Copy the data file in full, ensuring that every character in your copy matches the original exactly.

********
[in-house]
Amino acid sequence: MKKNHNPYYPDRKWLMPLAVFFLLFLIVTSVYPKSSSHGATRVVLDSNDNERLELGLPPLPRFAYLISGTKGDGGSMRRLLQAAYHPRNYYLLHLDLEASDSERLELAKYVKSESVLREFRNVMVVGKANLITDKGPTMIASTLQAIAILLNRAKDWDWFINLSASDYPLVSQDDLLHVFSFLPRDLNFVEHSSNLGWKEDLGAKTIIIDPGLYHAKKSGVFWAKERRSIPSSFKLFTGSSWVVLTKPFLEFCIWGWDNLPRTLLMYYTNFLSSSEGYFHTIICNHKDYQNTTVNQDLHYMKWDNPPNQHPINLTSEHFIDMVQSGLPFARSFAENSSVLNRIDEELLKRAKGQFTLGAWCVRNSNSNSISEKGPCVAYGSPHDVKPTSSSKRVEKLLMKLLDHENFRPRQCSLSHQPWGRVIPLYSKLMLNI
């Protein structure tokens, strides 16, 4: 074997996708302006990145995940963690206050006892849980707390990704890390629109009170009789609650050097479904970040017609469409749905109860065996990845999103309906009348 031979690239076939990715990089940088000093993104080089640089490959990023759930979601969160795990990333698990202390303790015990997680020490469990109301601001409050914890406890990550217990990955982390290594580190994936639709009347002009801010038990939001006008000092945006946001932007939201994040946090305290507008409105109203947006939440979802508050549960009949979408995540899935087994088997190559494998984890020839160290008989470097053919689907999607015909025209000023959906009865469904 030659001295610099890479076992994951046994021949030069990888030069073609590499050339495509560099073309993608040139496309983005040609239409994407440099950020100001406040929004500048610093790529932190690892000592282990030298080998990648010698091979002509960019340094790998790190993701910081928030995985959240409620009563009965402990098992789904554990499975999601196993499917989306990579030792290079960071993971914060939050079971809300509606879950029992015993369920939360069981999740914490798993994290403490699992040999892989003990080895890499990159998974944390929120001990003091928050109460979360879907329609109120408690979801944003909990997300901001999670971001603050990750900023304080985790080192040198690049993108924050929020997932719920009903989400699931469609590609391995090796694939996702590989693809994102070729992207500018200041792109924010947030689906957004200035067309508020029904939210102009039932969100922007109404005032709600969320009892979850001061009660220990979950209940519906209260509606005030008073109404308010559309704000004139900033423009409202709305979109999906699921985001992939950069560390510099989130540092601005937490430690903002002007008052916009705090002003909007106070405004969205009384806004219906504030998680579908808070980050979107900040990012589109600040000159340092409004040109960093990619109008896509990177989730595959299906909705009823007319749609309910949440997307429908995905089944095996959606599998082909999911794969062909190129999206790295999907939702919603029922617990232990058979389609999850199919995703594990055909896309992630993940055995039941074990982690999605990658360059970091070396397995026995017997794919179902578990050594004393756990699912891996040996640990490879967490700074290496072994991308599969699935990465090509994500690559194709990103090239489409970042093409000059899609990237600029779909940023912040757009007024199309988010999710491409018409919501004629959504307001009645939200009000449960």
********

[in-house]
Amino acid sequence: MKKNHNPYYPDRKWLMPLAVFFLLFLIVTSVYPKSSSHGATRVVLDSNDNERLELGLPPLPRFAYLISGTKGDGGSMRRLLQAAYHPRNYYLLHLDLEASDSERLELAKYVKSESVLREFRNVMVVGKANLITDKGPTMIASTLQAIAILLNRAKDWDWFINLSASDYPLVSQDDLLHVFSFLPRDLNFVEHSSNLGWKEDLGAKTIIIDPGLYHAKKSGVFWAKERRSIPSSFKLFTGSSWVVLTKPFLEFCIWGWDNLPRTLLMYYTNFLSSSEGYFHTIICNHKDYQNTTVNQDLHYMKWDNPPNQHPINLTSEHFIDMVQSGLPFARSFAENSSVLNRIDEELLKRAKGQFTLGAWCVRNSNSNSISEKGPCVAYGSPHDVKPTSSSKRVEKLLMKLLDHENFRPRQCSLSHQPWGRVIPLYSKLMLNI
């Protein structure tokens, strides 16, 4: 074997996708302006990145995940963690206050006892849980707390990704890390629109009170009789609650050097479904970040017609469409749905109860065996990845999103309906009348 031979690239076939990715990089940088000093993104080089640089490959990023759930979601969160795990990333698990202390303790015990997680020490469990109301601001409050914890406890990550217990990955982390290594580190994936639709009347002009801010038990939001006008000092945006946001932007939201994040946090305290507008409105109203947006939440979802508050549960009949979408995540899935087994088997190559494998984890020839160290008989470097053919689907999607015909025209000023959906009865469904 030659001295610099890479076992994951046994021949030069990888030069073609590499050339495509560099073309993608040139496309983005040609239409994407440099950020100001406040929004500048610093790529932190690892000592282990030298080998990648010698091979002509960019340094790998790190993701910081928030995985959240409620009563009965402990098992789904554990499975999601196993499917989306990579030792290079960071993971914060939050079971809300509606879950029992015993369920939360069981999740914490798993994290403490699992040999892989003990080895890499990159998974944390929120001990003091928050109460979360879907329609109120408690979801944003909990997300901001999670971001603050990750900023304080985790080192040198690049993108924050929020997932719920009903989400699931469609590609391995090796694939996702590989693809994102070729992207500018200041792109924010947030689906957004200035067309508020029904939210102009039932969100922007109404005032709600969320009892979850001061009660220990979950209940519906209260509606005030008073109404308010559309704000004139900033423009409202709305979109999906699921985001992939950069560390510099989130540092601005937490430690903002002007008052916009705090002003909007106070405004969205009384806004219906504030998680579908808070980050979107900040990012589109600040000159340092409004040109960093990619109008896509990177989730595959299906909705009823007319749609309910949440997307429908995905089944095996959606599998082909999911794969062909190129999206790295999907939702919603029922617990232990058979389609999850199919995703594990055909896309992630993940055995039941074990982690999605990658360059970091070396397995026995017997794919179902578990050594004393756990699912891996040996640990490879967490700074290496072994991308599969699935990465090509994500690559194709990103090239489409970042093409000059899609990237600029779909940023912040757009007024199309988010999710491409018409919501004629959504307001009645939200009000449960």